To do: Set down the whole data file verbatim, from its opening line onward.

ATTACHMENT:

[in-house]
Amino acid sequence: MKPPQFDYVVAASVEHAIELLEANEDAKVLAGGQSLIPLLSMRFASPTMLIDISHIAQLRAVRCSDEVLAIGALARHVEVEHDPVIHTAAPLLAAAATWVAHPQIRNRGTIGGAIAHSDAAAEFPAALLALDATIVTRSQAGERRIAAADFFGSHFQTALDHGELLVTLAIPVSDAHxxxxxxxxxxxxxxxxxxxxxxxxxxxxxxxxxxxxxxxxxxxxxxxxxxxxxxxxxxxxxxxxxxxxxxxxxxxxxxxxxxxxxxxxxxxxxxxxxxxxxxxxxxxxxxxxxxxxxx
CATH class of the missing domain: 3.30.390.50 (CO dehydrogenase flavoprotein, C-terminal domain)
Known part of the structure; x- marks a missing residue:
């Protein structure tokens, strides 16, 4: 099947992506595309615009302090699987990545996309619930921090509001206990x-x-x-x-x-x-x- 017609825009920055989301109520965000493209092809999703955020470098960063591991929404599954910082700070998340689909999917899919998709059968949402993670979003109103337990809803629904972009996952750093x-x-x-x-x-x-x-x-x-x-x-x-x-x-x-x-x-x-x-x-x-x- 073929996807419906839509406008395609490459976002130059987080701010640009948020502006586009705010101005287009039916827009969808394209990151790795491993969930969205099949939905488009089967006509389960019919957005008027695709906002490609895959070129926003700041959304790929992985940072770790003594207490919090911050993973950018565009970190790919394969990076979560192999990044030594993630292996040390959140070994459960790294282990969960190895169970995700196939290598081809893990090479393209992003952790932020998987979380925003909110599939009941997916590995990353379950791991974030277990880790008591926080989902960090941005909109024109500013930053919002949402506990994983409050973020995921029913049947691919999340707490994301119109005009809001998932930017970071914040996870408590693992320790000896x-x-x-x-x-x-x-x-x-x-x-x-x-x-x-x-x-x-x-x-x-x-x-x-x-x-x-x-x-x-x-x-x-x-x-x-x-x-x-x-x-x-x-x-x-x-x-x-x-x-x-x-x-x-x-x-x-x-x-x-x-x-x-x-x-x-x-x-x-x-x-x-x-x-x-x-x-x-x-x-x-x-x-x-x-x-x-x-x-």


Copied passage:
[in-house]
Amino acid sequence: MKPPQFDYVVAASVEHAIELLEANEDAKVLAGGQSLIPLLSMRFASPTMLIDISHIAQLRAVRCSDEVLAIGALARHVEVEHDPVIHTAAPLLAAAATWVAHPQIRNRGTIGGAIAHSDAAAEFPAALLALDATIVTRSQAGERRIAAADFFGSHFQTALDHGELLVTLAIPVSDAHxxxxxxxxxxxxxxxxxxxxxxxxxxxxxxxxxxxxxxxxxxxxxxxxxxxxxxxxxxxxxxxxxxxxxxxxxxxxxxxxxxxxxxxxxxxxxxxxxxxxxxxxxxxxxxxxxxxxxx
CATH class of the missing domain: 3.30.390.50 (CO dehydrogenase flavoprotein, C-terminal domain)
Known part of the structure; x- marks a missing residue:
């Protein structure tokens, strides 16, 4: 099947992506595309615009302090699987990545996309619930921090509001206990x-x-x-x-x-x-x- 017609825009920055989301109520965000493209092809999703955020470098960063591991929404599954910082700070998340689909999917899919998709059968949402993670979003109103337990809803629904972009996952750093x-x-x-x-x-x-x-x-x-x-x-x-x-x-x-x-x-x-x-x-x-x- 073929996807419906839509406008395609490459976002130059987080701010640009948020502006586009705010101005287009039916827009969808394209990151790795491993969930969205099949939905488009089967006509389960019919957005008027695709906002490609895959070129926003700041959304790929992985940072770790003594207490919090911050993973950018565009970190790919394969990076979560192999990044030594993630292996040390959140070994459960790294282990969960190895169970995700196939290598081809893990090479393209992003952790932020998987979380925003909110599939009941997916590995990353379950791991974030277990880790008591926080989902960090941005909109024109500013930053919002949402506990994983409050973020995921029913049947691919999340707490994301119109005009809001998932930017970071914040996870408590693992320790000896x-x-x-x-x-x-x-x-x-x-x-x-x-x-x-x-x-x-x-x-x-x-x-x-x-x-x-x-x-x-x-x-x-x-x-x-x-x-x-x-x-x-x-x-x-x-x-x-x-x-x-x-x-x-x-x-x-x-x-x-x-x-x-x-x-x-x-x-x-x-x-x-x-x-x-x-x-x-x-x-x-x-x-x-x-x-x-x-x-």